“All the while, the volunteers are wearing bright blue t-shirts with the all-too-important question, ‘What if we decide everyone matters?’ We have been seeking to do anything that shows our community that they matter to us and to God. Everyone. No exceptions. As far as it being effective, I suppose it depends on how you define effectiveness. I think many are coming to see that they matter to God and to Gallery. That’s a pretty good start.”

Hamilton Community House Church members don’t limit themselves to meeting in houses. They also meet in coffee shops or a nearby park. Each Monday evening they gather in a different “kid-friendly” location. Church Planter Jeff Elkins said the church is geared to attract those disenfranchised from institutional church. Since there’s no building, people aren’t going to wander in. They come because of a relationship, because they’ve been invited. There’s no overhead, so the offering goes into community projects. Elkins said the church is very unique.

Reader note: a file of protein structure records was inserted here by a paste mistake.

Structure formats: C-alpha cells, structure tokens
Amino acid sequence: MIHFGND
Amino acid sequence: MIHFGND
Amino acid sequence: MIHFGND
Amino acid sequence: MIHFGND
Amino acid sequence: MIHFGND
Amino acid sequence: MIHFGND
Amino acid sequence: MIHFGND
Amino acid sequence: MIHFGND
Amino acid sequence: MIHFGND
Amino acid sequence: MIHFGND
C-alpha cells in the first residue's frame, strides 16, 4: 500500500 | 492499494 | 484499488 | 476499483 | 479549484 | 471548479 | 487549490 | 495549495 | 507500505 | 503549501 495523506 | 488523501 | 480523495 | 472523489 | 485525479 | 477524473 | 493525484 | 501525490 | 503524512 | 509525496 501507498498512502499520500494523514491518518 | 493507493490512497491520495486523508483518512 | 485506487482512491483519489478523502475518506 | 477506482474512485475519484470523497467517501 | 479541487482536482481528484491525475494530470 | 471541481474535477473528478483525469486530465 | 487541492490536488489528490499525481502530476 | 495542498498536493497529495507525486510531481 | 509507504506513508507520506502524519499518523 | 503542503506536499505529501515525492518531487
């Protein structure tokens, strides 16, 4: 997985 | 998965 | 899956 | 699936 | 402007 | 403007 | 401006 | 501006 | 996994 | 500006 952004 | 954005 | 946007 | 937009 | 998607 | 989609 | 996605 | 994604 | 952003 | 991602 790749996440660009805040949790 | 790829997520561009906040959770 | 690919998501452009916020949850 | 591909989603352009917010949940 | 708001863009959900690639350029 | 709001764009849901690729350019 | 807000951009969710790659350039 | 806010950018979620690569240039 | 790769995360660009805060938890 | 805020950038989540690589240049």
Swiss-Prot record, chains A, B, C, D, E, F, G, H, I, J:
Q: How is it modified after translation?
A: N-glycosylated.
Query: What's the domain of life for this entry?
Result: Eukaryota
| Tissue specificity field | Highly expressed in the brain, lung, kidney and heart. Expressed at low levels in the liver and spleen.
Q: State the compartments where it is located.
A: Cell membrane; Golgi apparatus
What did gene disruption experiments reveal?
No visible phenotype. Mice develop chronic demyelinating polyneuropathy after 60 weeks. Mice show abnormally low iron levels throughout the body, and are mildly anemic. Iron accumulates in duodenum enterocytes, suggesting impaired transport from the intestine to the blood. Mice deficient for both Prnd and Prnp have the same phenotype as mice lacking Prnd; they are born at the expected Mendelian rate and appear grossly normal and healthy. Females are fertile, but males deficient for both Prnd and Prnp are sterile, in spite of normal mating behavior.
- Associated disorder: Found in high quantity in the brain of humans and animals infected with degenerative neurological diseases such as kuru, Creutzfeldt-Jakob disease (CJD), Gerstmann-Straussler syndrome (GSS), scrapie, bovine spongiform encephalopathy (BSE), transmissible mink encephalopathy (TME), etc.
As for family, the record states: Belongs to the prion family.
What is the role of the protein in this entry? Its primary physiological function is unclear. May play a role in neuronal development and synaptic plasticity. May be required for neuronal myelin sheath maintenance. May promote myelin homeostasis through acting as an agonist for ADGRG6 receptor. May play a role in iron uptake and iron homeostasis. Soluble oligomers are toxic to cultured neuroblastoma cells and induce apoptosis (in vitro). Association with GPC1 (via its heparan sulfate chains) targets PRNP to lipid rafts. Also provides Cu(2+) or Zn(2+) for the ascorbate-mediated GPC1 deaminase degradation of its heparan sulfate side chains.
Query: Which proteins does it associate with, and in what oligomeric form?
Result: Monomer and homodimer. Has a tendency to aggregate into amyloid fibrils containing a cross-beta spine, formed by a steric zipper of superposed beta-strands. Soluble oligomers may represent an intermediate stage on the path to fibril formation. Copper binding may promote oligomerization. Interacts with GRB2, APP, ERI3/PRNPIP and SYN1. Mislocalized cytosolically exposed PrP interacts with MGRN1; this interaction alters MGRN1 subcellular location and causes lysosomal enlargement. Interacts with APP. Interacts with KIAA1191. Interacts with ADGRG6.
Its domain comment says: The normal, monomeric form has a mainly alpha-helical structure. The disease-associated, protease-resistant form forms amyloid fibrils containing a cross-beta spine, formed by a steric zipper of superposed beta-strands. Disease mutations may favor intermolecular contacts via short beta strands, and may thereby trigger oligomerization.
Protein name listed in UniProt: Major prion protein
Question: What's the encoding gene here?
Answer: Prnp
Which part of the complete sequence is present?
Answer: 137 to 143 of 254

Additional church starting efforts are underway. A church for Portuguese-speaking people will start later this year. A mentoring and equipping process for African-American church starters will launch early next year with a goal that 15 candidate church starters will begin the process.

Troy Bush said a key factor is that while Embrace has been intentional about starting new churches they have put at the forefront making new disciples.

“We are not simply congregating those who are disenfranchised. Our primary focus has been engaging those who are not Christians–reaching them with the gospel, engaging them with love and compelling them to be followers of Jesus Christ.

“That’s what is at the heart of what we’re doing,” Bush said.

“I believe our church starting efforts will be fruitful and will  stand the test of time.”